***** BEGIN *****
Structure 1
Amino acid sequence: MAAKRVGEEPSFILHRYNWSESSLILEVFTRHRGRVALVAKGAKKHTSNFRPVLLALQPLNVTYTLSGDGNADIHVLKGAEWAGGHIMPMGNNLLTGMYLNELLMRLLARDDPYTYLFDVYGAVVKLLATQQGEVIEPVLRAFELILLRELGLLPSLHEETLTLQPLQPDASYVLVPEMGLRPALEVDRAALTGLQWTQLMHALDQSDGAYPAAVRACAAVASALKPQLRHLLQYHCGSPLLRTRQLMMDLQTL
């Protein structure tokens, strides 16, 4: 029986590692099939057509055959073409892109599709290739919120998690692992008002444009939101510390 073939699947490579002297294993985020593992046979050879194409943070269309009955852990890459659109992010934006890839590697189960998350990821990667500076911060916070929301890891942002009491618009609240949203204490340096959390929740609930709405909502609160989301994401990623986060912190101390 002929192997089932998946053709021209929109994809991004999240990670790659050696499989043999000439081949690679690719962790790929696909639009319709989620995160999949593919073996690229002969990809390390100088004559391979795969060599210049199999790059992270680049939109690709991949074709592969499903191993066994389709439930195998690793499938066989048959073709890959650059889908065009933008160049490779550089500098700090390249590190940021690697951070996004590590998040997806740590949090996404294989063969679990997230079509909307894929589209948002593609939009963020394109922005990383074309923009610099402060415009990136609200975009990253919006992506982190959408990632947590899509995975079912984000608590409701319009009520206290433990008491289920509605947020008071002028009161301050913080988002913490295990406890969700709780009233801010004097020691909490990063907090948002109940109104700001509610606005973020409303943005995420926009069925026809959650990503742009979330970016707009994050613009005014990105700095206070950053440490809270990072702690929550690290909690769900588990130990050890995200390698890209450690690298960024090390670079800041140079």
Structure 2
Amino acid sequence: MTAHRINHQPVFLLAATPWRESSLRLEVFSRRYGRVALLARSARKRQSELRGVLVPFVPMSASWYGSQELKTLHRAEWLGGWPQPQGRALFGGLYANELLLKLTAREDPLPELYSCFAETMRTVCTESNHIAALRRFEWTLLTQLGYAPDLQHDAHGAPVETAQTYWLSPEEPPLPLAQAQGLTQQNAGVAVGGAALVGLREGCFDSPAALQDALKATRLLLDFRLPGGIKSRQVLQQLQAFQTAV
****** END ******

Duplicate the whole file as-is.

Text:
Structure 1
Amino acid sequence: MAAKRVGEEPSFILHRYNWSESSLILEVFTRHRGRVALVAKGAKKHTSNFRPVLLALQPLNVTYTLSGDGNADIHVLKGAEWAGGHIMPMGNNLLTGMYLNELLMRLLARDDPYTYLFDVYGAVVKLLATQQGEVIEPVLRAFELILLRELGLLPSLHEETLTLQPLQPDASYVLVPEMGLRPALEVDRAALTGLQWTQLMHALDQSDGAYPAAVRACAAVASALKPQLRHLLQYHCGSPLLRTRQLMMDLQTL
């Protein structure tokens, strides 16, 4: 029986590692099939057509055959073409892109599709290739919120998690692992008002444009939101510390 073939699947490579002297294993985020593992046979050879194409943070269309009955852990890459659109992010934006890839590697189960998350990821990667500076911060916070929301890891942002009491618009609240949203204490340096959390929740609930709405909502609160989301994401990623986060912190101390 002929192997089932998946053709021209929109994809991004999240990670790659050696499989043999000439081949690679690719962790790929696909639009319709989620995160999949593919073996690229002969990809390390100088004559391979795969060599210049199999790059992270680049939109690709991949074709592969499903191993066994389709439930195998690793499938066989048959073709890959650059889908065009933008160049490779550089500098700090390249590190940021690697951070996004590590998040997806740590949090996404294989063969679990997230079509909307894929589209948002593609939009963020394109922005990383074309923009610099402060415009990136609200975009990253919006992506982190959408990632947590899509995975079912984000608590409701319009009520206290433990008491289920509605947020008071002028009161301050913080988002913490295990406890969700709780009233801010004097020691909490990063907090948002109940109104700001509610606005973020409303943005995420926009069925026809959650990503742009979330970016707009994050613009005014990105700095206070950053440490809270990072702690929550690290909690769900588990130990050890995200390698890209450690690298960024090390670079800041140079």
Structure 2
Amino acid sequence: MTAHRINHQPVFLLAATPWRESSLRLEVFSRRYGRVALLARSARKRQSELRGVLVPFVPMSASWYGSQELKTLHRAEWLGGWPQPQGRALFGGLYANELLLKLTAREDPLPELYSCFAETMRTVCTESNHIAALRRFEWTLLTQLGYAPDLQHDAHGAPVETAQTYWLSPEEPPLPLAQAQGLTQQNAGVAVGGAALVGLREGCFDSPAALQDALKATRLLLDFRLPGGIKSRQVLQQLQAFQTAV